How Long Do You Have to File Probate After Death in Louisiana?

There is no specific deadline for filing for probate in Louisiana, and individuals can file a will up to five years after entering probate. An individual may file a will after beginning the process if they find a document with a more recent date.

What Happens if Someone Dies Without a Will in Louisiana?

If an individual dies without a will in Louisiana, their estate becomes subject to intestate succession. During intestate succession, the state will distribute a decedent’s assets according to intestate law. The heirs will receive assets — starting with children and spouses before moving to other descendants. Louisiana’s intestate law largely depends on two factors:

  • Whether the property of the deceased is community property — purchased by the decedent and a spouse — or separate property — owned solely by the decedent.
  • The degree of each family member’s relationship to the decedent.

When a person dies without a will, the state of Louisiana will distribute their separate property among their relatives, starting with their children and followed by siblings. Any community property will go to the spouse.

Does Louisiana Have an Inheritance or Estate Tax?

Louisiana does not place a tax on estates or inheritances. However, Louisiana is a community property state, meaning that spouses jointly own all property acquired during a marriage. Executors must file the following if the estate exceeds a value of $11,180,000:

  • Federal tax returns
  • State tax returns
  • Federal estate tax returns
  • Trust tax returns

An executor must file federal estate taxes within nine months of the person’s death or ask for a six-month extension before the deadline.

Spouses in Louisiana Inheritance Law

If no parents, children or siblings survive the decedent, the entire estate will go to the surviving spouse. In cases where the decedent has children, a spouse can file for the right to use the decedent’s property, but the ownership of the property will fall to the children.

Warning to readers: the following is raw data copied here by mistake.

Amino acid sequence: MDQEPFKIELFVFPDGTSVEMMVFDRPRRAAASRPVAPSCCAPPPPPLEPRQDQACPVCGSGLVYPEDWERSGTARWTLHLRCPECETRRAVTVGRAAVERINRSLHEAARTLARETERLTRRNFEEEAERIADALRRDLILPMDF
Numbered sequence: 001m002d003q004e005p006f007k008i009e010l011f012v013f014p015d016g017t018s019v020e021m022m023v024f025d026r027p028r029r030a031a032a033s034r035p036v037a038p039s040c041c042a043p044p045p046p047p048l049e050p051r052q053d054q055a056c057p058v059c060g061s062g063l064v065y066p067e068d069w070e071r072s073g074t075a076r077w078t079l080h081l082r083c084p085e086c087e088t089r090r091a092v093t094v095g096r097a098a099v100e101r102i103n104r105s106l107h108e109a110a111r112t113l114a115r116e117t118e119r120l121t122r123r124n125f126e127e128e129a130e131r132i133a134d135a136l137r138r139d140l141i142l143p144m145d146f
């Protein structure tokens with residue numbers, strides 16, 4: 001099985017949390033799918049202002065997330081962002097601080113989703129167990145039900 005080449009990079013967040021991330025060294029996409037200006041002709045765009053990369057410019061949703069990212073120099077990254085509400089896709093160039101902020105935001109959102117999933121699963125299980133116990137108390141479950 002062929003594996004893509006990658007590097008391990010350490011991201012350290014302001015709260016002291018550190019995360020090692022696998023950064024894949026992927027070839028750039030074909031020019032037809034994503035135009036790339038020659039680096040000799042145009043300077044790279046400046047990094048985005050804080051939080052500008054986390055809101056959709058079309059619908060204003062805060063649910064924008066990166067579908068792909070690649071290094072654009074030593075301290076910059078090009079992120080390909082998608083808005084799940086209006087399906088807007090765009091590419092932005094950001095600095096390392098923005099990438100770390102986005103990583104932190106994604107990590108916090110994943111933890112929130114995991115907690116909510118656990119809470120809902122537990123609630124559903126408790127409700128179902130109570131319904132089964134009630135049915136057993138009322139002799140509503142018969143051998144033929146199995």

Delays to Your Inheritance in Louisiana

The key problem with the Louisiana probate process is that it takes an extremely long time from start to finish. While the inheritance in probate is in process, heirs cannot access the money their loved one wanted them to have. To make matters worse, the average estate in the US takes a full year and a half to finally distribute the inheritance money to the heirs. This fact is shocking to most heirs in Louisiana and elsewhere who are understandably new to the process. Having a rightful inheritance blocked for years by a legal process can prove very frustrating.

Access Your Inheritance in Louisiana Immediately

With an inheritance advance from IFC, you can access the money your loved one meant for you to have right away. The process is fast and easy and you decide how much of your inheritance you’d like to receive immediately. Whether you have bills to pay, car payments to make, home improvements, vacation plans, etc. – the money is yours to use however you’d like. And you don’t even need to worry about repayment like you’d have to with a probate loan! After your estate closes, we get paid directly out of your remaining share. If there isn’t enough remaining to cover the full advance, we take the loss.

We have over 25 years of experience and over $200 million advanced to thousands of heirs across the country just like you, we have the expertise and size to help you immediately. Let our friendly staff give you a free, no-obligation consultation. We’re more than happy to walk you through the Louisiana probate process and answer all of your questions regarding probate in Louisiana. There are no hidden fees or monthly payments, and credit and income are never an issue.

There’s no need to wait years for what’s yours; call us today and access your money right away.